Patients Who Have Pain
In patients with pain that disturbs their sleep, treatment to relieve the pain will be used before sleep medicines are used. Pain drugs, other drugs being taken, and any other health conditions may affect which sleeping medicines are prescribed.
It's normal for older people to have some insomnia. Changes related to age can cause lighter sleep, waking up more often during the night, and sleeping less total time. If an older patient with cancer is having trouble sleeping, the doctor will look for the specific causes, such as:
Treating sleeping problems without drugs is tried first. The following may help improve sleep in older patients:
Medicine may be used if non-drug treatments don't work. The doctor will look at all the patient's medicines and health conditions before choosing a sleeping medicine. For some patients, doctors will suggest a sleep disorder clinic for treatment.
Children with Somnolence Syndrome
Somnolence syndrome (SS) is a side effect of radiation therapy to the head and is often seen in children treated for acute lymphocytic leukemia. Children with SS seems to be sleepy all the time. They are less alert when awake, irritable, and have low energy and little appetite. There is sometimes a low-grade fever. The risk of SS increases when the total dose of radiation is given in fewer parts (fractions) and over a short period of time. The syndrome usually appears 4 to 6 weeks after radiation therapy ends. Up to half of children treated with radiation to the head may have SS..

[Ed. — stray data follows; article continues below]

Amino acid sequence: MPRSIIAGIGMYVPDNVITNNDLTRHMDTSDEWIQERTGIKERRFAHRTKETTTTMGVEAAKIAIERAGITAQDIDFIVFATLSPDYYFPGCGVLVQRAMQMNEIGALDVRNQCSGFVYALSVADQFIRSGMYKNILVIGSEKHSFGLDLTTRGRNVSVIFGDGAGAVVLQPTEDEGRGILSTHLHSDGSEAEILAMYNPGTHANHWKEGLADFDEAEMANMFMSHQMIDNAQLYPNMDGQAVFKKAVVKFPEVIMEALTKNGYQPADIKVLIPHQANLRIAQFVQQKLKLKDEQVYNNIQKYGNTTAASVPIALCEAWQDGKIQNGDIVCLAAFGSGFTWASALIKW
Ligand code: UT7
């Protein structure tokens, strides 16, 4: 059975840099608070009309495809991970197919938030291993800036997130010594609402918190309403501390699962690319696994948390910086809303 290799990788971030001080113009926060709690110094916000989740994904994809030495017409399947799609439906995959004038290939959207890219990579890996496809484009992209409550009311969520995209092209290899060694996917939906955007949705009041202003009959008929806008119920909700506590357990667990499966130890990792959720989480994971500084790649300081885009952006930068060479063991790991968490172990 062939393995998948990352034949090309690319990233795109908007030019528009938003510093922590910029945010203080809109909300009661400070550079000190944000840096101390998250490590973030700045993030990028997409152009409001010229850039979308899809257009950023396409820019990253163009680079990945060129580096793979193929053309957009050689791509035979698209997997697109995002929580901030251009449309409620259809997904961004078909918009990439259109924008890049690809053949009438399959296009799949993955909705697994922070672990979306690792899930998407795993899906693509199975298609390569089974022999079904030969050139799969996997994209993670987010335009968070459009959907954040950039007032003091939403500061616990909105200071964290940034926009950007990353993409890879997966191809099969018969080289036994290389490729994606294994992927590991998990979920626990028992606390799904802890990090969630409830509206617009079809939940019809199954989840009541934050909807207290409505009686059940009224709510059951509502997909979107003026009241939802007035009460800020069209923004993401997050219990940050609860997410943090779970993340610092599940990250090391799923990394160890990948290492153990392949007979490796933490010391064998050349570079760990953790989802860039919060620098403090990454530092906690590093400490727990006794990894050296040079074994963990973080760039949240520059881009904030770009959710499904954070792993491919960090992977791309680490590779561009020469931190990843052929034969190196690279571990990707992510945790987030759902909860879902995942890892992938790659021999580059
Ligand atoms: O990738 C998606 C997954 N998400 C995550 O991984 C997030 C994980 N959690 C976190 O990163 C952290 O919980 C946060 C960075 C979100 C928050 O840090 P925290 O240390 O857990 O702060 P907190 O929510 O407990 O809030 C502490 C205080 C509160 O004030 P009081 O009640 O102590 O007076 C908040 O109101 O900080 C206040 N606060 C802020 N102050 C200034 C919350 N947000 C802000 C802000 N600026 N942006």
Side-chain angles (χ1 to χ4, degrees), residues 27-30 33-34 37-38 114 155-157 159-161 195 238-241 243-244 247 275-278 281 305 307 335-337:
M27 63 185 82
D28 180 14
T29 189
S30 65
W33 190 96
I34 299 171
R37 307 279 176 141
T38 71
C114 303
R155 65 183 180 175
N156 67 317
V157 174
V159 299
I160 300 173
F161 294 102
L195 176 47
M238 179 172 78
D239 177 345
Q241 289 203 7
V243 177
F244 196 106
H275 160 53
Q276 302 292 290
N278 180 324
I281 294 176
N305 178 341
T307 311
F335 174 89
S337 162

Patients Who Have Jaw Surgery
Patients who have surgery on the jaw may develop sleep apnea, which is a sleep disorder that causes the person to stop breathing for 10 seconds or more during sleep. Plastic surgery to rebuild the jaw may help prevent sleep apnea.
Check NCI's list of cancer clinical trials for U.S. supportive and palliative care trials about sleep disorders that are now accepting participants. The list of trials can be further narrowed by location, drug, intervention, and other criteria.
General information about clinical trials is also available from the NCI Web site.
The PDQ cancer information summaries are reviewed regularly and updated as new information becomes available. This section describes the latest changes made to this summary as of the date above.
This summary was completely reformatted and some content was added.
If you have questions or comments about this summary, please send them to Cancer.gov through the Web site's Contact Form. We can respond only to email messages written in English.
For more information, U.S. residents may call the National Cancer Institute's (NCI's) Cancer Information Service toll-free at 1-800-4-CANCER (1-800-422-6237) Monday through Friday from 8:00 a.m. to 8:00 p.m., Eastern Time. A trained Cancer Information Specialist is available to answer your questions.